Leaders also “need to be innovative and think outside the box,” and not neglect locations east of Main Street, he said. This could include using existing parking lot space for townhouses and other development, he said.

A parking garage is “a maybe” for Richards, if it was put in the right spot where it would be used, incorporating commercial and residential space, he said.

On the budget and funding for infrastructure, Richards concedes that previous commissions, and communities across the state, should have been putting money away while state revenue remained relatively steady, before its decline.

“We thought the roads would last forever,” Richards said. “I wish we had that to revisit.”

Richards said he enjoys downtown attractions such as Live Mannequins and the public art display, that he noted brings “a persistent trickle” of people. If public art comes back, he’d like to see a committee of some of the creative people in the community put together to decide what direction it should take.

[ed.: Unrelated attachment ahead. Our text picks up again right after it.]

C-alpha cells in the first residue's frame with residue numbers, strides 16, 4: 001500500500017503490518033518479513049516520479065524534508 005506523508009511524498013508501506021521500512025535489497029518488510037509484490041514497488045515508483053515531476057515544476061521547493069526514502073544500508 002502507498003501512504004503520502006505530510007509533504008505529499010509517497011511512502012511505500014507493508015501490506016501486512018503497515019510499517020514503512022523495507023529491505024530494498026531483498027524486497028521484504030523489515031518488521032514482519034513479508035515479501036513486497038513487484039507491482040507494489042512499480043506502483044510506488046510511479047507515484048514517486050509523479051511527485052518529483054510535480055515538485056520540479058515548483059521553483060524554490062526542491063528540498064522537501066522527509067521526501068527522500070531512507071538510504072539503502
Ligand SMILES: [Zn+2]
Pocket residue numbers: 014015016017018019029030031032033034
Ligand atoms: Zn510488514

Commissioners have been able to build “on the broad shoulders and thick skins” of the people who came before, Richards said, and he thinks he and others have done a good job.

“We’ve done it with the cooperation of the taxpayers. We raised the bar high, and we can do better,” Richards said. “I think the people do trust what we’re doing.” 

Laura Goos

Goos said she spent the first months of her term learning how government works, which she said moves at a slower pace than the corporate world.

“There is a lot of information we need, and a lot of homework,” Goos said, with much of that provided by city staff.

She said she also welcomes the public comments officials receive, and the ability to have discussions during meetings and presentations. “I’ve come to appreciate how valuable that is.”

Among the accomplishments she listed was the passage of a non-discrimination ordinance that includes protections for members of the LGBT community.

“That had the effect of making people feel welcome here, whether it’s visitors, residents, newcomers, kids in school. It’s telling them we have their back,” Goos said.